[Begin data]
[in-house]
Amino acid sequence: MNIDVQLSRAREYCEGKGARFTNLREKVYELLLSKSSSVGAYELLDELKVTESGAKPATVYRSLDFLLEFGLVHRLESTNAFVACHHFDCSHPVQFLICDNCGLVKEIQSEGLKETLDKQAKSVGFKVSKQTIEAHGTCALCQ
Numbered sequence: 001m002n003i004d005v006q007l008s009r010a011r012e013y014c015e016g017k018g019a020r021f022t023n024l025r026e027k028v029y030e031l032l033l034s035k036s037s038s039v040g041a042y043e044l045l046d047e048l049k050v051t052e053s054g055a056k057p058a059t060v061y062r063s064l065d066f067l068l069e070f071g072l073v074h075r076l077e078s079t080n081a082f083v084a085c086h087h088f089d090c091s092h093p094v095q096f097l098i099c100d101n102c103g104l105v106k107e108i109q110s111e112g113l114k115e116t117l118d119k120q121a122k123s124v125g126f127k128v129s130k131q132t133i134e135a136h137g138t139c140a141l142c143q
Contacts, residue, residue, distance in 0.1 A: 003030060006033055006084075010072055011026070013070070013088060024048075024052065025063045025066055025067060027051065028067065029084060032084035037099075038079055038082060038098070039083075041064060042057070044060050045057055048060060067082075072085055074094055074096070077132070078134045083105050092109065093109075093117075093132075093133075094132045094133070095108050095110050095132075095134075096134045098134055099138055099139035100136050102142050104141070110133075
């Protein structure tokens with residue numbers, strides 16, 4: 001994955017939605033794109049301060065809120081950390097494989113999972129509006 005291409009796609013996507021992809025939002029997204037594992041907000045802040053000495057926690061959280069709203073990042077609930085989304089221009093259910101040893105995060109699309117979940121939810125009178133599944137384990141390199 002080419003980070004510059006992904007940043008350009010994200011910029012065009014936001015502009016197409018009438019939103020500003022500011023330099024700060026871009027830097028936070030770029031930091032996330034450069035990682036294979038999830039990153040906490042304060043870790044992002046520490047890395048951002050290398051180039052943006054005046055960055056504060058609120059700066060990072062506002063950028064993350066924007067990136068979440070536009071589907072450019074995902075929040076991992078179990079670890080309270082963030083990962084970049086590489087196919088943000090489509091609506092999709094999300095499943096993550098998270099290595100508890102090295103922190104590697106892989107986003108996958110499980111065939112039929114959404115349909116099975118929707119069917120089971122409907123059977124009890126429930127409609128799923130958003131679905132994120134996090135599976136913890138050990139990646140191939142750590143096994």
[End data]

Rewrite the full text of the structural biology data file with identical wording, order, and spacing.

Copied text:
[in-house]
Amino acid sequence: MNIDVQLSRAREYCEGKGARFTNLREKVYELLLSKSSSVGAYELLDELKVTESGAKPATVYRSLDFLLEFGLVHRLESTNAFVACHHFDCSHPVQFLICDNCGLVKEIQSEGLKETLDKQAKSVGFKVSKQTIEAHGTCALCQ
Numbered sequence: 001m002n003i004d005v006q007l008s009r010a011r012e013y014c015e016g017k018g019a020r021f022t023n024l025r026e027k028v029y030e031l032l033l034s035k036s037s038s039v040g041a042y043e044l045l046d047e048l049k050v051t052e053s054g055a056k057p058a059t060v061y062r063s064l065d066f067l068l069e070f071g072l073v074h075r076l077e078s079t080n081a082f083v084a085c086h087h088f089d090c091s092h093p094v095q096f097l098i099c100d101n102c103g104l105v106k107e108i109q110s111e112g113l114k115e116t117l118d119k120q121a122k123s124v125g126f127k128v129s130k131q132t133i134e135a136h137g138t139c140a141l142c143q
Contacts, residue, residue, distance in 0.1 A: 003030060006033055006084075010072055011026070013070070013088060024048075024052065025063045025066055025067060027051065028067065029084060032084035037099075038079055038082060038098070039083075041064060042057070044060050045057055048060060067082075072085055074094055074096070077132070078134045083105050092109065093109075093117075093132075093133075094132045094133070095108050095110050095132075095134075096134045098134055099138055099139035100136050102142050104141070110133075
């Protein structure tokens with residue numbers, strides 16, 4: 001994955017939605033794109049301060065809120081950390097494989113999972129509006 005291409009796609013996507021992809025939002029997204037594992041907000045802040053000495057926690061959280069709203073990042077609930085989304089221009093259910101040893105995060109699309117979940121939810125009178133599944137384990141390199 002080419003980070004510059006992904007940043008350009010994200011910029012065009014936001015502009016197409018009438019939103020500003022500011023330099024700060026871009027830097028936070030770029031930091032996330034450069035990682036294979038999830039990153040906490042304060043870790044992002046520490047890395048951002050290398051180039052943006054005046055960055056504060058609120059700066060990072062506002063950028064993350066924007067990136068979440070536009071589907072450019074995902075929040076991992078179990079670890080309270082963030083990962084970049086590489087196919088943000090489509091609506092999709094999300095499943096993550098998270099290595100508890102090295103922190104590697106892989107986003108996958110499980111065939112039929114959404115349909116099975118929707119069917120089971122409907123059977124009890126429930127409609128799923130958003131679905132994120134996090135599976136913890138050990139990646140191939142750590143096994």